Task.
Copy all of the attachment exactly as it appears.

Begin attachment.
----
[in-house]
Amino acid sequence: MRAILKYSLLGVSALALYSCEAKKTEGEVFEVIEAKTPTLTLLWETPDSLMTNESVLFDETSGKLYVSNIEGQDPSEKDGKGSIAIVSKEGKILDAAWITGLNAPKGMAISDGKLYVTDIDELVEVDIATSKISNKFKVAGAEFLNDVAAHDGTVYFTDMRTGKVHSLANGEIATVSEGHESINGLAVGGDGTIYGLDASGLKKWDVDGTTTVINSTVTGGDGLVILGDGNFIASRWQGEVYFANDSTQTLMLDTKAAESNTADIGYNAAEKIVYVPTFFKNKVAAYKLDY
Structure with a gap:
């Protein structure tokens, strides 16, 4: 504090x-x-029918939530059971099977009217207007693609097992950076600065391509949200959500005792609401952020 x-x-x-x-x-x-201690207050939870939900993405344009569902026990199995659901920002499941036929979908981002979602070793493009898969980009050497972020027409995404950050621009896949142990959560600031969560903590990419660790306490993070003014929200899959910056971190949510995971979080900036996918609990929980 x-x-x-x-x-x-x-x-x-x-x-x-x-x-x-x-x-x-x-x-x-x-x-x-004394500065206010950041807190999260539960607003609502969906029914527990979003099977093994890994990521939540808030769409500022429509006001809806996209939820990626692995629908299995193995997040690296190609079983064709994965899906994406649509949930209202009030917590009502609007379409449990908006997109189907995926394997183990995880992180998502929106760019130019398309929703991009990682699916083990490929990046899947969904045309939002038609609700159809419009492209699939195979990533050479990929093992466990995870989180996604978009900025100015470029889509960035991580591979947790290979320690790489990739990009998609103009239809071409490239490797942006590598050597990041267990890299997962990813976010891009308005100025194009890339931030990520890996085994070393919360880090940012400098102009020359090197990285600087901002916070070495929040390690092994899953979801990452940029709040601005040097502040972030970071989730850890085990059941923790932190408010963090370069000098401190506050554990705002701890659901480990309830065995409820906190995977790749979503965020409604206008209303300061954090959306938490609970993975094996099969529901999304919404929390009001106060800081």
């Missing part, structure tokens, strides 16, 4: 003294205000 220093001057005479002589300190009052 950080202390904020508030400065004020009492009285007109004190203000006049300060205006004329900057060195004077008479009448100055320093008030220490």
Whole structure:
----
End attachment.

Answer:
[in-house]
Amino acid sequence: MRAILKYSLLGVSALALYSCEAKKTEGEVFEVIEAKTPTLTLLWETPDSLMTNESVLFDETSGKLYVSNIEGQDPSEKDGKGSIAIVSKEGKILDAAWITGLNAPKGMAISDGKLYVTDIDELVEVDIATSKISNKFKVAGAEFLNDVAAHDGTVYFTDMRTGKVHSLANGEIATVSEGHESINGLAVGGDGTIYGLDASGLKKWDVDGTTTVINSTVTGGDGLVILGDGNFIASRWQGEVYFANDSTQTLMLDTKAAESNTADIGYNAAEKIVYVPTFFKNKVAAYKLDY
Structure with a gap:
């Protein structure tokens, strides 16, 4: 504090x-x-029918939530059971099977009217207007693609097992950076600065391509949200959500005792609401952020 x-x-x-x-x-x-201690207050939870939900993405344009569902026990199995659901920002499941036929979908981002979602070793493009898969980009050497972020027409995404950050621009896949142990959560600031969560903590990419660790306490993070003014929200899959910056971190949510995971979080900036996918609990929980 x-x-x-x-x-x-x-x-x-x-x-x-x-x-x-x-x-x-x-x-x-x-x-x-004394500065206010950041807190999260539960607003609502969906029914527990979003099977093994890994990521939540808030769409500022429509006001809806996209939820990626692995629908299995193995997040690296190609079983064709994965899906994406649509949930209202009030917590009502609007379409449990908006997109189907995926394997183990995880992180998502929106760019130019398309929703991009990682699916083990490929990046899947969904045309939002038609609700159809419009492209699939195979990533050479990929093992466990995870989180996604978009900025100015470029889509960035991580591979947790290979320690790489990739990009998609103009239809071409490239490797942006590598050597990041267990890299997962990813976010891009308005100025194009890339931030990520890996085994070393919360880090940012400098102009020359090197990285600087901002916070070495929040390690092994899953979801990452940029709040601005040097502040972030970071989730850890085990059941923790932190408010963090370069000098401190506050554990705002701890659901480990309830065995409820906190995977790749979503965020409604206008209303300061954090959306938490609970993975094996099969529901999304919404929390009001106060800081």
């Missing part, structure tokens, strides 16, 4: 003294205000 220093001057005479002589300190009052 950080202390904020508030400065004020009492009285007109004190203000006049300060205006004329900057060195004077008479009448100055320093008030220490």
Whole structure: